by John Stoltenberg
The theater is no a stranger to the wounds of war. Countless plays and performance pieces have opened our hearts and minds to that which is unhealed and raw, to that which persists as pain and trauma, to that which has cut down the lives of even those who come home from war alive.
Theater keeps us mindful not only that there are too many such stories to tell but that truthful storytelling of war’s human consequences is essential. For if there is any chance that war will end for ever after, it will be when civilization reaches consensus that no one can ever win a war because war by definition is failure.
The urgent cannon of great theatrical works that tell of war’s grievous after-effects has now been joined by a powerful and heartrending new play just opened at Theater Alliance. Titled Occupied Territories, it looks at what U.S. military action in Vietnam did to one American family—in particular the injury it did to the relationship between one Vietnam veteran and his daughter. Remarkably, in such synecdoche, Occupied Territories becomes before our eyes an emblem of a grieving war-torn era that mires our nation still today.
Occupied Territories is a devised play, meaning that it emerged out of collaborative workshops, not a playwright’s script. It began at Theater Alliance two years ago with but a few sentences of text for each of its scenes sketched by Mollye Maxner, the visionary prime mover who conceived and directed the work and who is herself the daughter of a Vietnam War vet. Unlike devised pieces one sometimes attends that display imaginative theatrical effects but lack a coherent emotional flow to carry things along—so the experience is more diverting than engaging—this one felt as if it were coursing on a current over heart-stopping rapids.
The play is staged in the round; there are only about 40 seats ranged in a circle in the Anacostia Playhouse black box. The story begins in a wood-framed thrust set depicting a basement (by Scenic Designer Andrew Cohen), where two bickering adult sisters, Helena (Adrienne Nelson) and Jude (Nancy Bannon), are going through the belongings of their recently deceased father, a withdrawn and troubled man who served in Vietnam 45 years ago and evidenced lifelong symptoms of PTSD. Jude especially is bitter that her father did not treat her better, and she discounts the significance of his military service, because his story to the family was that he was never in combat.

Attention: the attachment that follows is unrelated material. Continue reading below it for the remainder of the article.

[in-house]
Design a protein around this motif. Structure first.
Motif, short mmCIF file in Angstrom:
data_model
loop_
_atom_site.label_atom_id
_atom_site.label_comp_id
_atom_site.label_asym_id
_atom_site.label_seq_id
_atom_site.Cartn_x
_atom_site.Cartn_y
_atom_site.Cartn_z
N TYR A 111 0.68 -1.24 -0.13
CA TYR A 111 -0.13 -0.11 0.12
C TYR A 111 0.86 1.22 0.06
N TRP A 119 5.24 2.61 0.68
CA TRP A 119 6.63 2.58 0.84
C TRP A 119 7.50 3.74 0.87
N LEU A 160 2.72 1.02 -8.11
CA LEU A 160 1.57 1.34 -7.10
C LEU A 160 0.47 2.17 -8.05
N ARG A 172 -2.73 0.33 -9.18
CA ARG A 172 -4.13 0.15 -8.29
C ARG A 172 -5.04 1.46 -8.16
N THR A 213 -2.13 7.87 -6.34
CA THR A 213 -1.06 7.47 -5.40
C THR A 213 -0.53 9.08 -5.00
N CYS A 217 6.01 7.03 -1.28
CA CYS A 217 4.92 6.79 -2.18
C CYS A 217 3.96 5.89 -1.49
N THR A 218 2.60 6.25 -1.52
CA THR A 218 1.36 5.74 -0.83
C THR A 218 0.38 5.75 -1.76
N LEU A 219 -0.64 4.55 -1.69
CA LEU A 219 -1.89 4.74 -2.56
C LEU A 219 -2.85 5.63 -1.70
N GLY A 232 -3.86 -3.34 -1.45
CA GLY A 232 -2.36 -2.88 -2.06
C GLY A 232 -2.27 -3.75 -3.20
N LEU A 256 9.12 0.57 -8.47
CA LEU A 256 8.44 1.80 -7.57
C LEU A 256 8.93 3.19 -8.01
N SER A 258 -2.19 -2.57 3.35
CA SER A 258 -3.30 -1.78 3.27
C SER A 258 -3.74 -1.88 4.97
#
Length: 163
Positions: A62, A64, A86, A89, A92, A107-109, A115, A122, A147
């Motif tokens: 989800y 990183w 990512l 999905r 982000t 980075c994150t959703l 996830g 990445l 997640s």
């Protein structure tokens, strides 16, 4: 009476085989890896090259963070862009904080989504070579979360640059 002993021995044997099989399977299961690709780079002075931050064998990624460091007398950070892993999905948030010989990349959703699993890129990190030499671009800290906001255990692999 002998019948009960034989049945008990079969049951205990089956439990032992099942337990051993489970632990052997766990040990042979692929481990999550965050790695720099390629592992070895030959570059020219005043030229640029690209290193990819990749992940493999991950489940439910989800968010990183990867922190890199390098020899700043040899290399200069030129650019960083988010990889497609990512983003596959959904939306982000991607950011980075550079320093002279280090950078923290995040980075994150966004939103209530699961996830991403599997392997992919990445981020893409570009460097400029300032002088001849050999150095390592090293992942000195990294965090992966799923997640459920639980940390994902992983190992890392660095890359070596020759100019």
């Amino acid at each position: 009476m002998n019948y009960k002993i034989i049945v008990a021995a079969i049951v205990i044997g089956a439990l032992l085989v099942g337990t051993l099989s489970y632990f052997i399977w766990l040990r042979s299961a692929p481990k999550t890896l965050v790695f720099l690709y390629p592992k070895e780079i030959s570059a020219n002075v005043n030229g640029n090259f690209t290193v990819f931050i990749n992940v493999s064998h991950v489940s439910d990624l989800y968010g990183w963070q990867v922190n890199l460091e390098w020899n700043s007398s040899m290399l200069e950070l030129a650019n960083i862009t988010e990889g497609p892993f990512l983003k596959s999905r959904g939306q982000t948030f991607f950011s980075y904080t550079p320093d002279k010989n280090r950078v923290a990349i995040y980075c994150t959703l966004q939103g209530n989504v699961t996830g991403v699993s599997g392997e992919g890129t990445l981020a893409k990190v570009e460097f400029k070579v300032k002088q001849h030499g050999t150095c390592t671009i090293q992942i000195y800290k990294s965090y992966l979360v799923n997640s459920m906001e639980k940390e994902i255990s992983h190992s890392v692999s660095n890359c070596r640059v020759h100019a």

We learn that’s not what happened at all, in a most affecting dramatic reveal. A squad of Army servicemen led by Miles (Elliott Bales) explosively takes over the space around the basement set and makes of it a perilous night-time jungle in Vietnam (effectively aided by Sound Designer Matthew M. Nielson and Lighting Designer Kyle Gran). One young grunt, a boyish Collins nicknamed Cornbread (Cody Robinson), bears the brunt of other squad members’ hazing and razzing. He is innocent patriotism personified. “This can’t be for nothing, right?” Collins asks not really rhetorically. “FTA,” says a grit-tough squad mate; “fuck the Army.”
Collins announces with excitement he’s about to be a father. Later he gets a letter telling him he has a newborn daughter, named Jude. And in that stunning moment we realize we are about to find out what happened to Jude’s father 45 years ago in the war that left him unable to communicate the unspeakable.
As Jude’s and Collins’s stories unfold and interconnect across the expanse of 45 years in two immersive and simultaneous settings, the action moves back and forth between basement and war zone. There are indelible passages of sound and movement, including shocking incidents evoking the horrors of war that American soldiers not only suffered but perpetrated against civilians. There is also a shirtless pas de deux performed with breathtaking force and grace by Hawk (Thomas Rowell) and Harcourt (Nathan Jan Yaffe) that vividly conveys what Jude’s father meant when he told her that the bond between battle buddies far surpassed familial love. (Yaffe doubles uncredited as a civilian in choreography so chilling it seems inhuman.)
Occupied Territories was co-written by Mollye Maxner and Nancy Bannon, co-choreographed by Mollye Maxner and Kelly Maxner, and performed by a cast of eleven, including other Army squad members Lucky (Freddie Bennett), Ace (Desmond Bing), Cargo (Stephan Horst), Alex (Jake MacDevitt), and Professor (Thony Mena).
By the end I was so emotionally devastated by what I had seen that I myself was unable to speak until a good several minutes later. I only half-facetiously reflected that the production should be followed by grief counseling. I surmised from a talkback after that the piece impacted others deeply as well.
Not only is the particular story Occupied Territories tells extraordinary; so also is the original dramatic manner in which it does so. You may think you’ve seen plenty enough of the Vietnam War up close and personal. You may think you already know the drill. But when you experience how Occupied Territories tells its moving, memorable, and mythic story, you’ll have to think again.